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British Fashion Council CEO joins business voices calling for "People's Vote"

Lauretta Roberts
17 January 2019

Caroline Rush CBE, the CEO of the British Fashion Council (BFC), added her voice to those of 170 business leaders who have written to Prime Minister Theresa May to demand a second referendum on Britain's exit from the European Union.

A number of signatories to a letter, published in today's edition of The Times, had said that they had backed Theresa May's deal to leave the EU – with reservations – in preference to a no deal. However since the deal was roundly rejected by Parliament on Tuesday evening in an historic defeat for the Government, the leaders have broken cover and openly supported the idea of going back to the public to verify the result of the 2016 referendum.

"Many businesses backed the prime minister’s Brexit deal despite knowing that it was far from perfect. But it is no longer an option. The priority now is to stop us crashing out of the EU with no deal at all. The only feasible way to do this is by asking the people whether they still want to leave the EU.

"With the clock now ticking rapidly before we are due to quit, politicians must not waste any more time on fantasies. We urge the political leadership of both the main parties to support a People’s Vote."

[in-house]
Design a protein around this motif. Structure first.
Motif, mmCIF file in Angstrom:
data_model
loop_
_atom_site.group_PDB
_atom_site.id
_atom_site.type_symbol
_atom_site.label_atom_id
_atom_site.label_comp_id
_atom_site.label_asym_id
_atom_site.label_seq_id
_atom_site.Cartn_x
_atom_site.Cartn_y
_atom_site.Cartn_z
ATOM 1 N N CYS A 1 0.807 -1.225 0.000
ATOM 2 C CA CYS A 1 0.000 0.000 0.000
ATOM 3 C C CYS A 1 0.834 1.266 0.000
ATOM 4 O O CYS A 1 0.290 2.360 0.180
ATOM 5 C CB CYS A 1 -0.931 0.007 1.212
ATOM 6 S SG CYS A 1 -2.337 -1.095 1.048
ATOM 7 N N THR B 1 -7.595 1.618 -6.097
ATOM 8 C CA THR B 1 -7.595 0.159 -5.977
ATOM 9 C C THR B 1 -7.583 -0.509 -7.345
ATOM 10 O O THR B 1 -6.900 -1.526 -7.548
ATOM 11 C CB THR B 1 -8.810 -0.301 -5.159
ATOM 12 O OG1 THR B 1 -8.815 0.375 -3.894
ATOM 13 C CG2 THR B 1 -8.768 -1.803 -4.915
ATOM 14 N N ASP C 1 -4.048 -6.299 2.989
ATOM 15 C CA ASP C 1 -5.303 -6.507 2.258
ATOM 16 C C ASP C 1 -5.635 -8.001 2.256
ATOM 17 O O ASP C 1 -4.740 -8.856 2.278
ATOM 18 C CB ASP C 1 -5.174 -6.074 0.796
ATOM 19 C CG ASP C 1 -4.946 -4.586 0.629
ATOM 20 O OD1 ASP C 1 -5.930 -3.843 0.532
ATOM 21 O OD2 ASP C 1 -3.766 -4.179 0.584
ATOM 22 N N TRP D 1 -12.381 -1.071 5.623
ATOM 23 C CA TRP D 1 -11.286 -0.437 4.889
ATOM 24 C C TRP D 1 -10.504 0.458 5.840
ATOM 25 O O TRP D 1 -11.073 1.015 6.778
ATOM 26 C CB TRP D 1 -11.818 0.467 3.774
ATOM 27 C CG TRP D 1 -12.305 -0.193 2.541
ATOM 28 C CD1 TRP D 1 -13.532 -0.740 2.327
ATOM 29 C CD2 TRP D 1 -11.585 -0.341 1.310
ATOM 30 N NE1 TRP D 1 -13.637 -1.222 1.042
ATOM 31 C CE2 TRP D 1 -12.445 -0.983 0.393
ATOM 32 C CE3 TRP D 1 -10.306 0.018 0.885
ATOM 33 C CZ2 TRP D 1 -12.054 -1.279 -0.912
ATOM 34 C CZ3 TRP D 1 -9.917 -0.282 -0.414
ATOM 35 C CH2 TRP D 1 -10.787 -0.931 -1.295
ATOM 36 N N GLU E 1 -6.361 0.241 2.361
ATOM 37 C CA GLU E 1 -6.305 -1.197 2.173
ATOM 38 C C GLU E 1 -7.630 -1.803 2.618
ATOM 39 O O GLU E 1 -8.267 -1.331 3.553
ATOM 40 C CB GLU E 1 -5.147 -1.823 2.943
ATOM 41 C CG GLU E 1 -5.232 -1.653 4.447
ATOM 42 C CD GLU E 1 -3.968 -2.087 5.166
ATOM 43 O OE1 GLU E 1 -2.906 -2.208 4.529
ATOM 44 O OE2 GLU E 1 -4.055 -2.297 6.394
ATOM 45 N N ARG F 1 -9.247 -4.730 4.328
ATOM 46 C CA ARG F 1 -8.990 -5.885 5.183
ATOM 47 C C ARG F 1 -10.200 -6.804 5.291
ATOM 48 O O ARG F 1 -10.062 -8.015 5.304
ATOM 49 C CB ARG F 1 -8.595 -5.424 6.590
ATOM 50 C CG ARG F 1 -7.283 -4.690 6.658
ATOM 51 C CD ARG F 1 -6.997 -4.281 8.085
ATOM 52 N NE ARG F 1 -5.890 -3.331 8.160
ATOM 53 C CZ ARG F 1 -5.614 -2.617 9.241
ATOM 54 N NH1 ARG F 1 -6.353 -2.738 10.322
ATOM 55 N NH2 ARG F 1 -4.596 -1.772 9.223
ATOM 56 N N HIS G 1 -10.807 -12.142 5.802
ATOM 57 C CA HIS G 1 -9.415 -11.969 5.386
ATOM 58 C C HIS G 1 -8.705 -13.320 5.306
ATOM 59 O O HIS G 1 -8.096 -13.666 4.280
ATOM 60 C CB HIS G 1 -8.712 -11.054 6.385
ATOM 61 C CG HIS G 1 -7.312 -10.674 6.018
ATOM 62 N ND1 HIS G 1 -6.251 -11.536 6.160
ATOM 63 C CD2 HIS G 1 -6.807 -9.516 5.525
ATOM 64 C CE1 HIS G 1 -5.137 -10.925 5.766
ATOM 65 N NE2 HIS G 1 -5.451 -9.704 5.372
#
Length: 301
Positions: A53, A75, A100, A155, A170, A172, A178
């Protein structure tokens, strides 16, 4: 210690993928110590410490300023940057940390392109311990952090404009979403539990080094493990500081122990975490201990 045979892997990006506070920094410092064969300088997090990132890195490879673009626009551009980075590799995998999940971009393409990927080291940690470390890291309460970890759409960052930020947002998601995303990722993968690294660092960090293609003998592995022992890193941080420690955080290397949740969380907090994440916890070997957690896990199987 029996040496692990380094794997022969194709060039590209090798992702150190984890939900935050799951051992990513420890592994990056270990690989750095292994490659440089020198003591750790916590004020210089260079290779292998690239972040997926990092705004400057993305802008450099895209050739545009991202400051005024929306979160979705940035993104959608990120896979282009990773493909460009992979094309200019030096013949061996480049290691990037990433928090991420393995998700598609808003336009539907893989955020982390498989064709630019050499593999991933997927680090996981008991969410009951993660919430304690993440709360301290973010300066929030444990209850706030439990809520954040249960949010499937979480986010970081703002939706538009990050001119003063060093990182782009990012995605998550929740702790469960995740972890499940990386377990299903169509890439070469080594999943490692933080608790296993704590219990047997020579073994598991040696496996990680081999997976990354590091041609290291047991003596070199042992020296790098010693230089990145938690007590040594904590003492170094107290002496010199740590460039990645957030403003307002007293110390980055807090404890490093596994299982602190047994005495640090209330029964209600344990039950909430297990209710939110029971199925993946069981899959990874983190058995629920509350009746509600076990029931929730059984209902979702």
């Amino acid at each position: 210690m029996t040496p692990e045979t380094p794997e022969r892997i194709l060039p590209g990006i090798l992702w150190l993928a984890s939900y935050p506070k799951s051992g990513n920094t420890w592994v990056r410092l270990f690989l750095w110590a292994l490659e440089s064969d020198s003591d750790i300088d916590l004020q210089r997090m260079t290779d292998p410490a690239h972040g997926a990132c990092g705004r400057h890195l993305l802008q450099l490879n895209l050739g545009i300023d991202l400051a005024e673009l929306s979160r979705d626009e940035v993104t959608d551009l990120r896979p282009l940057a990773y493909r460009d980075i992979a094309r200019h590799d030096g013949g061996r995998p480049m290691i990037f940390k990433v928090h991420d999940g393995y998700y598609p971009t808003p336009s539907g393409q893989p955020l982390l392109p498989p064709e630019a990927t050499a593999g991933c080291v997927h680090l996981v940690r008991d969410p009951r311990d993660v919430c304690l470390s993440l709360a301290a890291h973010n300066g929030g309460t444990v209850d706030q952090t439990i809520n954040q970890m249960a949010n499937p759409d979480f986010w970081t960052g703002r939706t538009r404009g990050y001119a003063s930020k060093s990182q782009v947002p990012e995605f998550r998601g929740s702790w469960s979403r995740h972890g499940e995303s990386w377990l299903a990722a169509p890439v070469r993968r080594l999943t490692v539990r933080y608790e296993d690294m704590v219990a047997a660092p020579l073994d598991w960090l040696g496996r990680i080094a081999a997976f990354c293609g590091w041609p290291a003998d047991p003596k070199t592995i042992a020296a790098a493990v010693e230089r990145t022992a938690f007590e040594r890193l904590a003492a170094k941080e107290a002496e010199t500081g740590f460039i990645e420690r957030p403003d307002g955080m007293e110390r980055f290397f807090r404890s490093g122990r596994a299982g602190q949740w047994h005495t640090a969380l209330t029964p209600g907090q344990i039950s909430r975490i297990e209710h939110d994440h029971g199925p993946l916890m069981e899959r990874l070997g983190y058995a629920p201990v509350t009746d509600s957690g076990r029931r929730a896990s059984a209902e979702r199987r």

Joining Rush to back the People's Vote are Boohoo chairman Peter Williams, Marks & Spencer non-executive director and former CEO of Sainsbury's Justin King, former Marks & Spencer chairman Lord Myners, Harriet Vine and Rosie Wolfenden of Tatty Devine, Kathryn Parsons of Decoded and Duncan Painter, CEO of WGSN owner Ascential.

Their names are on a list that includes some of Britain's foremost business leaders including architects Lord Foster and Sir David Chipperfield, Richard Johnston, the UK chief executive of Endemol Shine, entrepreneur Baroness Lane-Fox of Soho, and Dave Sproxton, the co-founder of Aardman Animations.

Labour leader Jeremy Corbyn is under increasing pressure to come out in favour of a People's Vote given his failed attempt to bring a vote of no confidence in the government yesterday, which was won by the grace of Theresa May's bought Confidence and Supply arrangement with Northern Ireland's DUP.

Yesterday the British Retail Consortium issued a statement to say that a no deal Brexit would be "devastating" for the sector and called for Parliamentarians to come together to finding a "workable solution" to the current deadlock.

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